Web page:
Located at the National Martime Museum in Greenwich, Cutty Sark, one of the last tea clippers in the world and now an award-winning tourist attraction, is celebrating its 150th anniversary this year.
Built in Dumbarton in 1869, Cutty Sark was designed to carry tea from China to England as fast as possible.On February 16, 1870, Cutty Sark left London bound for Shanghai via the Cape of Good Hope on her first voyage. Commanded by Captain George Moodie, his log mentioned she carried "large amounts of wine, spirits and beer".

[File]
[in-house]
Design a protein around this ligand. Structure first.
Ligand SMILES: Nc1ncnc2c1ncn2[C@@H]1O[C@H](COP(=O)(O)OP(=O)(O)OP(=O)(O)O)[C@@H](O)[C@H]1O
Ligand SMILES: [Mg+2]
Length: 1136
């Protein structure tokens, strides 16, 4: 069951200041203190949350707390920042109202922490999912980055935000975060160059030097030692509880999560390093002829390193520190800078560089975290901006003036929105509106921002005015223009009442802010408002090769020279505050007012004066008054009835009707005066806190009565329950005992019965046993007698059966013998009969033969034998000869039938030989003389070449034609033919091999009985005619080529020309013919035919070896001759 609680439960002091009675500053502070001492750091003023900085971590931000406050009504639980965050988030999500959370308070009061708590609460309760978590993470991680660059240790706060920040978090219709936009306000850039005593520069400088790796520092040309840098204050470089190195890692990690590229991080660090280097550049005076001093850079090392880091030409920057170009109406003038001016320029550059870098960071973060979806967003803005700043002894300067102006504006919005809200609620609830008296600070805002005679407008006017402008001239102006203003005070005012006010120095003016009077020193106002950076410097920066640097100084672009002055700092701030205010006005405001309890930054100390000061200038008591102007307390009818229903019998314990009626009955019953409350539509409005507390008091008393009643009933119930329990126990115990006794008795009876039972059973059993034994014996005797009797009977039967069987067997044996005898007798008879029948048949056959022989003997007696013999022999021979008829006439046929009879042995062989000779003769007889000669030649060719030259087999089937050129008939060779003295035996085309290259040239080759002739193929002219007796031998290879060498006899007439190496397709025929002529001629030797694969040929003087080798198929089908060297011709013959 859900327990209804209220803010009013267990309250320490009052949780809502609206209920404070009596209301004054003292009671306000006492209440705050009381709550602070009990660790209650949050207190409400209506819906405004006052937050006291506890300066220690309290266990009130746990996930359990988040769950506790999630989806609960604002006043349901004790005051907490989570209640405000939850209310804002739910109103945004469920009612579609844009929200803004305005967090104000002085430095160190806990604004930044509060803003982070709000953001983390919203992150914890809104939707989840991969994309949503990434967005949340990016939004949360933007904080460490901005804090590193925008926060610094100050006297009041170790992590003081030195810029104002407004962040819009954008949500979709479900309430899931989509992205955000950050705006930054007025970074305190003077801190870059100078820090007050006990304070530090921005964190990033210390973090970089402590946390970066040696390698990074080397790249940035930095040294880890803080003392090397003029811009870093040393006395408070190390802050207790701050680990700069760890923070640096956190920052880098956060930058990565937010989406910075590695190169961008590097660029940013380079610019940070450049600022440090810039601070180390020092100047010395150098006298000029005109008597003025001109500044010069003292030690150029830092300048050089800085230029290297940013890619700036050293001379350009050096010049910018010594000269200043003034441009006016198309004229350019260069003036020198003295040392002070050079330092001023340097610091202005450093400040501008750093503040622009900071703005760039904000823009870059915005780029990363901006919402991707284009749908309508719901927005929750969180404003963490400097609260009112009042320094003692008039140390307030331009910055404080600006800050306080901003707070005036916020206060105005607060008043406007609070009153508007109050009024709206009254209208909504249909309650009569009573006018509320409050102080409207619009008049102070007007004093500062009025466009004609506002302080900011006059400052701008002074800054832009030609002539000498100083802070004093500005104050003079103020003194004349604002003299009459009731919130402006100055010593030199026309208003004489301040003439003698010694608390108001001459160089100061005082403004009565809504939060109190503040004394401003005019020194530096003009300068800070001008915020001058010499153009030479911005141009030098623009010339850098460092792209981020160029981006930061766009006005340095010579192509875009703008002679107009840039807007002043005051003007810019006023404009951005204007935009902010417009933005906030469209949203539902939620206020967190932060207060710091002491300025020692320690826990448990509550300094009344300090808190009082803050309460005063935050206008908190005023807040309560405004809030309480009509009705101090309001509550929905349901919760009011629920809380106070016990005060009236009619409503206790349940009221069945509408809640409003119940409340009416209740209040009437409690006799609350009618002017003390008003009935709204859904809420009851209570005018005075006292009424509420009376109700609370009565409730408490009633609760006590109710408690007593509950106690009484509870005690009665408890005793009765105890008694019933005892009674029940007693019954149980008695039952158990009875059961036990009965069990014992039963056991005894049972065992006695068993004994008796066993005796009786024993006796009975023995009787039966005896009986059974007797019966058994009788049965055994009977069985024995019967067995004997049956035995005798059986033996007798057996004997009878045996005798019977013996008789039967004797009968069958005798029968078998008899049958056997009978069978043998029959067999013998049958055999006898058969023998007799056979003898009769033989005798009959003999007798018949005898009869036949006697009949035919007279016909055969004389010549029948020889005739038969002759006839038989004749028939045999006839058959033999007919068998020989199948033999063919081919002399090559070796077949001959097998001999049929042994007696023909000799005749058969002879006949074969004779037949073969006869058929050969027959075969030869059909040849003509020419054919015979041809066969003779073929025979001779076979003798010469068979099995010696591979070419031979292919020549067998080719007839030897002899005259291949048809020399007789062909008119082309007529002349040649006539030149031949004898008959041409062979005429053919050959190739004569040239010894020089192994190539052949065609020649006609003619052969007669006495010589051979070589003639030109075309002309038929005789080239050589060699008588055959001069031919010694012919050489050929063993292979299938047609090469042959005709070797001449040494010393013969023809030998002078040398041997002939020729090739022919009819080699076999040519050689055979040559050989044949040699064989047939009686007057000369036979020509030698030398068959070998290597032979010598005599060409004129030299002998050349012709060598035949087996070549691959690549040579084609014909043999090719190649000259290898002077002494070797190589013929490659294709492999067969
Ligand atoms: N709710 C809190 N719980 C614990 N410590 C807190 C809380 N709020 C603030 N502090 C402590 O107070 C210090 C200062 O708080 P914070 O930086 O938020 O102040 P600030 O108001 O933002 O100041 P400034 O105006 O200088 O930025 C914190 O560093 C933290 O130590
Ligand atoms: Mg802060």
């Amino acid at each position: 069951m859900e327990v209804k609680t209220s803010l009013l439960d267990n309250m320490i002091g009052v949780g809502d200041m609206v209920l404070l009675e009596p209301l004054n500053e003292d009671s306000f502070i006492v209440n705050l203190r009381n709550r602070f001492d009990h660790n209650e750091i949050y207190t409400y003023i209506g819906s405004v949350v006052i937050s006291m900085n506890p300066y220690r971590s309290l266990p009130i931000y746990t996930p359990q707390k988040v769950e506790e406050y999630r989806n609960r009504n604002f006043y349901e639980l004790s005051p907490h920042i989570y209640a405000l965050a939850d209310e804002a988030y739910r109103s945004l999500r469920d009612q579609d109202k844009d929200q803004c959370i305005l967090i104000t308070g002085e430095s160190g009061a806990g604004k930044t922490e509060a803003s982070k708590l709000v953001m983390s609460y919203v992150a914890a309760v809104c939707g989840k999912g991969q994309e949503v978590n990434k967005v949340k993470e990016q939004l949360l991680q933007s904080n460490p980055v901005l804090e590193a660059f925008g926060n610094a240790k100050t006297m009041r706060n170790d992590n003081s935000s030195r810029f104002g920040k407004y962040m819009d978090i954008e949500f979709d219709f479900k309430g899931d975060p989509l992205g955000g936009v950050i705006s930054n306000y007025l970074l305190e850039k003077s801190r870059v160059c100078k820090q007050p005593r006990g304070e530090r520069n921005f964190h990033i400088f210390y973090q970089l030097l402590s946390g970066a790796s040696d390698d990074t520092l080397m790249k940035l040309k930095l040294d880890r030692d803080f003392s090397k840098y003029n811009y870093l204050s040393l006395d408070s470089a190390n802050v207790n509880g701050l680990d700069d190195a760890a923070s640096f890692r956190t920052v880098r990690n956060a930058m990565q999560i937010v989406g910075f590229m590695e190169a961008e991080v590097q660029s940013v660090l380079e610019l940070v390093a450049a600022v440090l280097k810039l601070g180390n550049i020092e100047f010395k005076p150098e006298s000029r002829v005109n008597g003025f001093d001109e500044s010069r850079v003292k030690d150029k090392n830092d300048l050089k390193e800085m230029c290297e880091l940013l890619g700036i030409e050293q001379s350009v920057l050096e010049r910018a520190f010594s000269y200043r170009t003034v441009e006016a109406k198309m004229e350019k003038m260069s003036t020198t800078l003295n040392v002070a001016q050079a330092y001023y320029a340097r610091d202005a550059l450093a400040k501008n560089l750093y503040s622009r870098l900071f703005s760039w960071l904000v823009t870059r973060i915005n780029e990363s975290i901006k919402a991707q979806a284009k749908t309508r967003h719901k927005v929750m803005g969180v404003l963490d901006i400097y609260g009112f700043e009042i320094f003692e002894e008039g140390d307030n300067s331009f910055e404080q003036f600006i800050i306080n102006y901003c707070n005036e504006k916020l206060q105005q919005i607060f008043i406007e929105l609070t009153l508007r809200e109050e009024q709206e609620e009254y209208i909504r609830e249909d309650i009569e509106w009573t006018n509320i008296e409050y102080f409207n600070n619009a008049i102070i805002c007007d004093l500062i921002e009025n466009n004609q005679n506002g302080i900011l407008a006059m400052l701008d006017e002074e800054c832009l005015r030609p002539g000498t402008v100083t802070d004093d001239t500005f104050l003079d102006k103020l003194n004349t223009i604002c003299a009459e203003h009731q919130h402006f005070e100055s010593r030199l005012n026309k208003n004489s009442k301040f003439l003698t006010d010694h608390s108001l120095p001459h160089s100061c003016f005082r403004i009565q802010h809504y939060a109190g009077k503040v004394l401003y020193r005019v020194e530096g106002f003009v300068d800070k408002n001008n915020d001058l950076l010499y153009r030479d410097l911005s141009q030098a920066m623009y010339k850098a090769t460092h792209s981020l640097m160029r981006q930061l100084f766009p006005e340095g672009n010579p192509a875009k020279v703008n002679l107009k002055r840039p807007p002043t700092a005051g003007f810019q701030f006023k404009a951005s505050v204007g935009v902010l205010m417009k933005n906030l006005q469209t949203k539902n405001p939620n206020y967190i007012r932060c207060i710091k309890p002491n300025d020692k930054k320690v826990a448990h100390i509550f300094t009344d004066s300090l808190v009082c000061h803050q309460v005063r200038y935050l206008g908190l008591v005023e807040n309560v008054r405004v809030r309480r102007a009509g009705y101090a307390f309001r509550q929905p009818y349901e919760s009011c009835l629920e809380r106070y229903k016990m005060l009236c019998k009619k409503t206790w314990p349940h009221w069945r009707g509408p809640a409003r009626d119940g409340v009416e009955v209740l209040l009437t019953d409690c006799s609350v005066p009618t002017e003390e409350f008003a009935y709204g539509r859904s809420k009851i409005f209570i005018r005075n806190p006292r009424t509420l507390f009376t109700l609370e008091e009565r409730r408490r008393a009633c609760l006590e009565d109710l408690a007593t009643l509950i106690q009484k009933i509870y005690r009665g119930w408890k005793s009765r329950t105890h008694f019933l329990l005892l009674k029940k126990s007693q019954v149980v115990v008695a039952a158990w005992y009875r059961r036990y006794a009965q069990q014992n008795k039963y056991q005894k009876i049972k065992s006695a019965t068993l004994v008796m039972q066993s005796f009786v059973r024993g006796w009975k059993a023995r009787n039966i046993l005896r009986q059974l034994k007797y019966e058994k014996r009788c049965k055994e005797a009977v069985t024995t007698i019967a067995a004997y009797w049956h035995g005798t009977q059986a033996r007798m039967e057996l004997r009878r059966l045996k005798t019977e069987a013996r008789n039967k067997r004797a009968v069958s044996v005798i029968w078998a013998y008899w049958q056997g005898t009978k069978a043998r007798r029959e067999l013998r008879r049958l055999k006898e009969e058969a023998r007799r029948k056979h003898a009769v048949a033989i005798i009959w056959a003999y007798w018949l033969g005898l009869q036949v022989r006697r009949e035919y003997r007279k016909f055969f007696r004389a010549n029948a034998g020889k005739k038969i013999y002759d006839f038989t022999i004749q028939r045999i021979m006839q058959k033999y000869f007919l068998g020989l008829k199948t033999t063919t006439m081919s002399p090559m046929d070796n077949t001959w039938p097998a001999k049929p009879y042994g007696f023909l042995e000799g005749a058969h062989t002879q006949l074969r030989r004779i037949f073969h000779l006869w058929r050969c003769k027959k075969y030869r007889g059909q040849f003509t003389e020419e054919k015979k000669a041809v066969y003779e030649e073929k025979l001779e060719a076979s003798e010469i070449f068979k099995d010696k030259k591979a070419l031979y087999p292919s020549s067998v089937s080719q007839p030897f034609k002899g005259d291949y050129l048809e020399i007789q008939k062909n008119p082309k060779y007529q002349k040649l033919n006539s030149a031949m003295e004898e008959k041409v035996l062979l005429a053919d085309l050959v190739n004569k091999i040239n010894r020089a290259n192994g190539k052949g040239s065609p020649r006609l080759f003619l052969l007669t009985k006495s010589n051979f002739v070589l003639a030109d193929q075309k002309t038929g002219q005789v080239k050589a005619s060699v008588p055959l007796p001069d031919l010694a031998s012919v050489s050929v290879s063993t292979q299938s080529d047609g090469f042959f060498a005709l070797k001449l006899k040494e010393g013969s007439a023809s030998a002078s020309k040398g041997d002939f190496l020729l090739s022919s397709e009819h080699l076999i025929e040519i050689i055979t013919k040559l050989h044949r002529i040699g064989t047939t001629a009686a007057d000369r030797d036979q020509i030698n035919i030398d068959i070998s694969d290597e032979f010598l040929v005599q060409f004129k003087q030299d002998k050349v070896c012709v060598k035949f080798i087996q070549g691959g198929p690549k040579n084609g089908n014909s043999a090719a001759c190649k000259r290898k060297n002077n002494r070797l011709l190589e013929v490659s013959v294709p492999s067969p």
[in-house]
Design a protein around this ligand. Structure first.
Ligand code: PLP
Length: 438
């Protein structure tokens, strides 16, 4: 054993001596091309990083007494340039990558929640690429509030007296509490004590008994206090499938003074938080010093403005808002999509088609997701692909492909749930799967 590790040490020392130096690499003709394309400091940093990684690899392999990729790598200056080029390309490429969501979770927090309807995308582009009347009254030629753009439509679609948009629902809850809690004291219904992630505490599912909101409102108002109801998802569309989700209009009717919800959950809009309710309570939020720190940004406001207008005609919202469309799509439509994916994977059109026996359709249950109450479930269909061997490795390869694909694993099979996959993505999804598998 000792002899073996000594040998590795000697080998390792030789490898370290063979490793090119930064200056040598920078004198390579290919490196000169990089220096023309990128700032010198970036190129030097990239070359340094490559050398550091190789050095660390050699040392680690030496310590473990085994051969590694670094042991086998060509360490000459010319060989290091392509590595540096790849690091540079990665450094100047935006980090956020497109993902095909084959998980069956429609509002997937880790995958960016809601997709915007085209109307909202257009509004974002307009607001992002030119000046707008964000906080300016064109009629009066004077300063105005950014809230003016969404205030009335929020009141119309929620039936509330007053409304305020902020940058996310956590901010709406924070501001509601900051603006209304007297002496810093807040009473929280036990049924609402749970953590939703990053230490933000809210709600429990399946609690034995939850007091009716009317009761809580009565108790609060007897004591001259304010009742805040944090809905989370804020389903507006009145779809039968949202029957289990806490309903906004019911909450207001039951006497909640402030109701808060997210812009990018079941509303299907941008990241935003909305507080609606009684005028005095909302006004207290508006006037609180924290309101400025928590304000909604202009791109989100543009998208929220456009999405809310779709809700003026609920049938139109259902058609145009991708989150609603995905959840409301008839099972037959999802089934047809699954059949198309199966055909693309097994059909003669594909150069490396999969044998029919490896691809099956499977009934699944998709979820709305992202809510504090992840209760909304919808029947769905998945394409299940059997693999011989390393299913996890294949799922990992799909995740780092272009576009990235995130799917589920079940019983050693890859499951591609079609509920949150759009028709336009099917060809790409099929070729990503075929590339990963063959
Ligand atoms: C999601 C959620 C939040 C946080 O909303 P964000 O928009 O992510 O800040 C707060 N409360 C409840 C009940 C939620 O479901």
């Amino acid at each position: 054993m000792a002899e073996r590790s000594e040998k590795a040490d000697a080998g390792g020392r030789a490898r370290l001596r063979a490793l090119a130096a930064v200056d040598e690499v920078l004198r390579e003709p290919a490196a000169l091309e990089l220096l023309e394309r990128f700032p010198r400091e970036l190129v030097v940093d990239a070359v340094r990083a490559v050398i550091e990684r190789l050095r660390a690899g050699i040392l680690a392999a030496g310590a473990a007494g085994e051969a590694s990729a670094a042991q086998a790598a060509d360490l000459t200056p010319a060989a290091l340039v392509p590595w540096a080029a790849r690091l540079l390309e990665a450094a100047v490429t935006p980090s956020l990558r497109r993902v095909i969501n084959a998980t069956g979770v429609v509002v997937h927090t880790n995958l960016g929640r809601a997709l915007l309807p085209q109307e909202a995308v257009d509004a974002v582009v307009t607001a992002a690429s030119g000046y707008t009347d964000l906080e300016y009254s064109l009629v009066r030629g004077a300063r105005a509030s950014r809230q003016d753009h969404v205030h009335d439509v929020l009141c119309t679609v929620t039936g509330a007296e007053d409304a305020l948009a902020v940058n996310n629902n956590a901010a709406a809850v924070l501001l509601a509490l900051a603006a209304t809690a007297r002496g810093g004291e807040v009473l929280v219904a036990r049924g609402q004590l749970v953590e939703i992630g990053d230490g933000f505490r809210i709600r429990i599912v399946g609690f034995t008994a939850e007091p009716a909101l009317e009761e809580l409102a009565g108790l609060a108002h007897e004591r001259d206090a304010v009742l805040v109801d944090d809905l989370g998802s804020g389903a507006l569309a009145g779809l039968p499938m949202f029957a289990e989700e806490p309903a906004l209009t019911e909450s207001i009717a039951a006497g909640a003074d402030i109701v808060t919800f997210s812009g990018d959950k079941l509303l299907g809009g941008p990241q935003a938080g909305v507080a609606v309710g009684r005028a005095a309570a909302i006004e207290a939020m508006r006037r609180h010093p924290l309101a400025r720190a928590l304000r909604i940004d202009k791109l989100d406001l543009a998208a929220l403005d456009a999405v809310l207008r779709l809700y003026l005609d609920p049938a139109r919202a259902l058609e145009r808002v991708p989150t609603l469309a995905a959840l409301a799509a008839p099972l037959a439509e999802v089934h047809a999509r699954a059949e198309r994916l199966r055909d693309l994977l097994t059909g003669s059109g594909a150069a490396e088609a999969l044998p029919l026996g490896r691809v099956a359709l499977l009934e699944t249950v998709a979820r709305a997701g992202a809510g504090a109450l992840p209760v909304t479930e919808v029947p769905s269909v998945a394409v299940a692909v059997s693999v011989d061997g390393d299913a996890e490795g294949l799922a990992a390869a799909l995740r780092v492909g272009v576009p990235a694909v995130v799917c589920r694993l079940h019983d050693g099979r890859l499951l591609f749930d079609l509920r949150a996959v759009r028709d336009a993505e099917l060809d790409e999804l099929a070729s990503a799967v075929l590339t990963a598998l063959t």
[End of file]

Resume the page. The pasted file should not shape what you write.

The arrival of the ship at Shanghai with "manufactured goods" is listed in the North China Herald for June 2, 1870. Departing with around 1,305,812 pounds of tea on June 25, she arrived back in London on Oct 13, 1870. This is the first of eight voyages the ship successfully made to China in pursuit of tea.
To mark Cutty Sark's 150th anniversary, Cutty Sark Theatre will be hosting an array of performances and events through 2019-2020 to celebrate her history. Kickstarting this year of cultural delights is a special concert from the BBC Singers to celebrate Cutty Sark's place in history and her many connections across the globe making her a national treasure.